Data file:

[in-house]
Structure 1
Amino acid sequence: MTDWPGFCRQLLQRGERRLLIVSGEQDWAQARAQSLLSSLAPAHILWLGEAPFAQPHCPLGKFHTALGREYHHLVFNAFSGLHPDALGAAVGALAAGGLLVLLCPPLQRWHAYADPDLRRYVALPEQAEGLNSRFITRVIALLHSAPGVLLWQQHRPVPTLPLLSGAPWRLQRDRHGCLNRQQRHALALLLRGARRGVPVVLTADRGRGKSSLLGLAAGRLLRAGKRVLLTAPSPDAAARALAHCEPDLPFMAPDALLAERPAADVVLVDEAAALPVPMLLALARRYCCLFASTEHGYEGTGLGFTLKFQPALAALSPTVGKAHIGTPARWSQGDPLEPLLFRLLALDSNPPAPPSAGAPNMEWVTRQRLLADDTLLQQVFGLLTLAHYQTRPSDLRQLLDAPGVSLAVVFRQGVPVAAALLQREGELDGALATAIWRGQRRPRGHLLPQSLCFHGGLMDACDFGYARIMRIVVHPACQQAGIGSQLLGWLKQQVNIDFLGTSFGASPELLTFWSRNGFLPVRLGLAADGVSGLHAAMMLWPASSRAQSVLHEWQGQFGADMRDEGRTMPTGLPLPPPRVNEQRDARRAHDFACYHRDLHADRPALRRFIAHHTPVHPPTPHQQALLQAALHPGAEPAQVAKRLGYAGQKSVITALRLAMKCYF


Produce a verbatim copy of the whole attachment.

[in-house]
Structure 1
Amino acid sequence: MTDWPGFCRQLLQRGERRLLIVSGEQDWAQARAQSLLSSLAPAHILWLGEAPFAQPHCPLGKFHTALGREYHHLVFNAFSGLHPDALGAAVGALAAGGLLVLLCPPLQRWHAYADPDLRRYVALPEQAEGLNSRFITRVIALLHSAPGVLLWQQHRPVPTLPLLSGAPWRLQRDRHGCLNRQQRHALALLLRGARRGVPVVLTADRGRGKSSLLGLAAGRLLRAGKRVLLTAPSPDAAARALAHCEPDLPFMAPDALLAERPAADVVLVDEAAALPVPMLLALARRYCCLFASTEHGYEGTGLGFTLKFQPALAALSPTVGKAHIGTPARWSQGDPLEPLLFRLLALDSNPPAPPSAGAPNMEWVTRQRLLADDTLLQQVFGLLTLAHYQTRPSDLRQLLDAPGVSLAVVFRQGVPVAAALLQREGELDGALATAIWRGQRRPRGHLLPQSLCFHGGLMDACDFGYARIMRIVVHPACQQAGIGSQLLGWLKQQVNIDFLGTSFGASPELLTFWSRNGFLPVRLGLAADGVSGLHAAMMLWPASSRAQSVLHEWQGQFGADMRDEGRTMPTGLPLPPPRVNEQRDARRAHDFACYHRDLHADRPALRRFIAHHTPVHPPTPHQQALLQAALHPGAEPAQVAKRLGYAGQKSVITALRLAMKCYF